We’ve been working like mad to deliver your Glowforge to you, and (as some of you thoughtfully pointed out) it’s been too long since we’ve posted a formal update on where things stand! I post regularly in the forums but for those who don’t follow them closely, I pulled all the news together in one place.
The most important part: our schedule’s unchanged from our last update. That means orders placed before Oct 25 will ship this year, orders placed after will ship in March 2017. The rest is details for those who are curious about what we’re up to.
Our work these days is a long list of todos, so I’ll give you some representative examples from different teams.
This week, we discovered that a component was being installed bent. We stopped building to diagnose it. After pulling apart all the offending components, we discovered the problem: the assembly workers could put in a particular part at a slightly wrong angle and it would still fit. The previous person installing the part had figured out the correct way, but when someone else started doing it, they installed it incorrectly. So we designed a fixture to make sure the part went in exactly correctly and resumed building.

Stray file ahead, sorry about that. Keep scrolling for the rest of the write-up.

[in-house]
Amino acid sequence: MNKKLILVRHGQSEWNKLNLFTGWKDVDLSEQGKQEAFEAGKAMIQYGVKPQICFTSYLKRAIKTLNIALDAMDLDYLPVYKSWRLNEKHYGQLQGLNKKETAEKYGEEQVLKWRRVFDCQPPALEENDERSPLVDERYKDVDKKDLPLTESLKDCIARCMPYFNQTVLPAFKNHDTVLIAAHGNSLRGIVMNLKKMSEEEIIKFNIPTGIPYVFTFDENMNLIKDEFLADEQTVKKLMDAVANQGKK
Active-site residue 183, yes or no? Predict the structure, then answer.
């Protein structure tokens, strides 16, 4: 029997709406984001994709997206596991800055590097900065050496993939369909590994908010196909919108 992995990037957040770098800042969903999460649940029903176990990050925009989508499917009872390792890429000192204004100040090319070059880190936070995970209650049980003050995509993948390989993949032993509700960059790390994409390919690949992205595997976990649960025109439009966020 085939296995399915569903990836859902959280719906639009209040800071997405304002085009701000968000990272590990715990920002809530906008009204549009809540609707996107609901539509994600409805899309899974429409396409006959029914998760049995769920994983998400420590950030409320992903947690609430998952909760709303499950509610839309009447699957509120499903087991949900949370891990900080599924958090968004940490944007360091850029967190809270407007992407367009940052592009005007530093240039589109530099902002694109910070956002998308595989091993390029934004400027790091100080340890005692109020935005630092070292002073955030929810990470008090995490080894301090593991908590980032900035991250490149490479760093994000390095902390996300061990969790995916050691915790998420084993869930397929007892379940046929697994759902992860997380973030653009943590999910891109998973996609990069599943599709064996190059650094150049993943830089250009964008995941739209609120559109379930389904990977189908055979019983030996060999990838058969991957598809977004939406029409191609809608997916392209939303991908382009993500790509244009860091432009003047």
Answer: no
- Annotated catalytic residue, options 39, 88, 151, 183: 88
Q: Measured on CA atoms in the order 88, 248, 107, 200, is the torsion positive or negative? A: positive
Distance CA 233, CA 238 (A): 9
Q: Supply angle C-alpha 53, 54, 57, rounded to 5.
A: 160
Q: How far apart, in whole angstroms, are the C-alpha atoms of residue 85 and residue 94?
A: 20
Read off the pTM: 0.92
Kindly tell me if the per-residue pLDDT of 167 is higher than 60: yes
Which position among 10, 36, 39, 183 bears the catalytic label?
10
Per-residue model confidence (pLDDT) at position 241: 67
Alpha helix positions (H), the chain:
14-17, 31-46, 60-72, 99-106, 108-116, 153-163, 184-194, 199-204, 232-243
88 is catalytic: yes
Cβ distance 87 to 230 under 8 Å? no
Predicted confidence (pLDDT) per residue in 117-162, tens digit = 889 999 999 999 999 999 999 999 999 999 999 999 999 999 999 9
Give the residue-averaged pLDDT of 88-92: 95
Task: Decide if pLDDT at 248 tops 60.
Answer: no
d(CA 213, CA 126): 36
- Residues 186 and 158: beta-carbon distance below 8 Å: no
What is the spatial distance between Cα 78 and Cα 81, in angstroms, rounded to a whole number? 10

A few weeks ago, a Glowforge that we shipped arrived out of alignment, so the power was weak. A Glowforge should never go out of alignment, so we dug pretty deep. First, we found that it was because a part had moved during shipping, which it definitely should not have done. Then we discovered that it was due to a workaround from the week before: some subassemblies were manufactured incorrectly, and we’d reworked them to solve the problem. The reworking process introduced some weakness and the weakened part deformed while shipping. Since parts outside that small batch wouldn’t have that problem it looked like no further action was required, but just to be sure, one of our engineers flew the whole thing to an environmental chamber and shook the tarnation out of it for a day to verify that the correct part wouldn’t deform too. (It didn’t!)
The latest builds of power supplies continue to work properly, and we’re starting to use supplies from our manufacturer instead of hand-built supplies from the power supply designer. We’re still tuning them to get maximum resolution and minimum minimum power. (That is, the lowest possible power where the beam still reliably starts - maximum power is already working great).
We got our next revision of shipping designs from our packaging specialist and they specified an inner paper wrap . That would mean you’d have to lift your Glowforge out of the box, put it down, remove the wrap from the top, then lift it up again to get the wrap from the bottom. The wrap looked nice but our goal is to get you printing as fast as possible, above all else, so we nixed it and sent it back for another revision. Since we already have the structural parts of the packaging passing tests, this is about finalizing ergonomics and aesthetics.